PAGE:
A strapline is usually a four or five-word descriptor of what your company does or its mission statement. It’s especially important if your company name doesn’t include your category of business. Someone like Bert the Butcher could manage without one, but Synergize Inc. could benefit from explaining what they do, e.g. Smart IT Solutions for Small Businesses.
If there’s room (and room is good – you don’t have to fill every square millimetre), you could add an offer to your business card. The offer must be short, sweet and have an expiry date. Offers without an expiry date are unlikely to be taken up as there’s no sense of urgency. Or why not promote a snappy testimonial instead? Word of Mouth is the best form of advertising but hardly anyone pro actively shouts about it, as I’ve mentioned before. We’re too British.
Once you’ve nailed those six things, you should stop there. Simple and uncluttered will always look more professional and upmarket, if that’s what you’re aiming for. Avoid that raging desire to fill empty space, although you should take advantage of both the front and back. The first thing someone will do when you hand them your business card is turn it over. If there’s nothing on the back, that is a wasted opportunity. The business card is one of the most underrated pieces of marketing real estate. Use it!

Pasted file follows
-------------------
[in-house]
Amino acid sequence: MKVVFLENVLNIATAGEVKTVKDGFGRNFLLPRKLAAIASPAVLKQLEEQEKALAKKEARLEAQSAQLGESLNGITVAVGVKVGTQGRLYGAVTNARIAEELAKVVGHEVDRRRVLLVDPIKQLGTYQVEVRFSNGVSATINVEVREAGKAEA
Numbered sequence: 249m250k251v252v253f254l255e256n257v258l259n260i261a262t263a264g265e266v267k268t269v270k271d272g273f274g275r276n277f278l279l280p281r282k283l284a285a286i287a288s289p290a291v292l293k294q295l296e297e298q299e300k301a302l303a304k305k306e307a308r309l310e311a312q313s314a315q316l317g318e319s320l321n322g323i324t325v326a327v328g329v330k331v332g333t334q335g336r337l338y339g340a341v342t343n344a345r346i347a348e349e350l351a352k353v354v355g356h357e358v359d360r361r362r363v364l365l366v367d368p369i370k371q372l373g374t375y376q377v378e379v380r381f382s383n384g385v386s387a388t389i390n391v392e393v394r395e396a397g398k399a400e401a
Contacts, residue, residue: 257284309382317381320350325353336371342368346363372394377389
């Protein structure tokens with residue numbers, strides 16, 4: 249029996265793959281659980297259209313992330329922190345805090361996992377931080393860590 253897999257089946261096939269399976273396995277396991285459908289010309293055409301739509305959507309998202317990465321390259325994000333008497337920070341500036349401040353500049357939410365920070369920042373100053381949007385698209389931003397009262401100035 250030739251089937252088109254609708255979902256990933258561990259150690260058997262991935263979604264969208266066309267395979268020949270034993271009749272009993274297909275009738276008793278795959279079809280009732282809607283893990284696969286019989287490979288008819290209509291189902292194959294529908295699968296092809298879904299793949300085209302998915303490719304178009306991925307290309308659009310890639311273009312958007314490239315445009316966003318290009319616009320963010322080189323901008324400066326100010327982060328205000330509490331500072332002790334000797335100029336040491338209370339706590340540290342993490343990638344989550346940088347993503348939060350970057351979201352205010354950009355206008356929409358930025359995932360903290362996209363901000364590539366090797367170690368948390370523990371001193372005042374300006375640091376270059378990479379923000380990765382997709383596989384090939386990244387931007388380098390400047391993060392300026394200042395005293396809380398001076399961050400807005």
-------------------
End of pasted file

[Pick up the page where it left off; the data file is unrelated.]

Finally, we’d recommend you get your business cards printed on good quality paper. OK, we’re bound to say that as Key 3 Media offers print as well as design. But cheap paper is only for businesses looking for cheap customers. I’ll never forget hearing a financial adviser bang on about how he was only interested in high net worth clients, yet when he gave me his card it was the cheapest thing you’ve ever seen. And it had a typo. Needless to say, I didn’t invest with him.
A nice, error-free 400gsm matt laminated business card will do wonders, and it doesn’t even cost that much. (We can print 500 for £37.80+vat, which includes delivery.)
We’re always happy to talk stationery design and print. Feel free to call 01743 491356 or email email@example.com if you have any questions.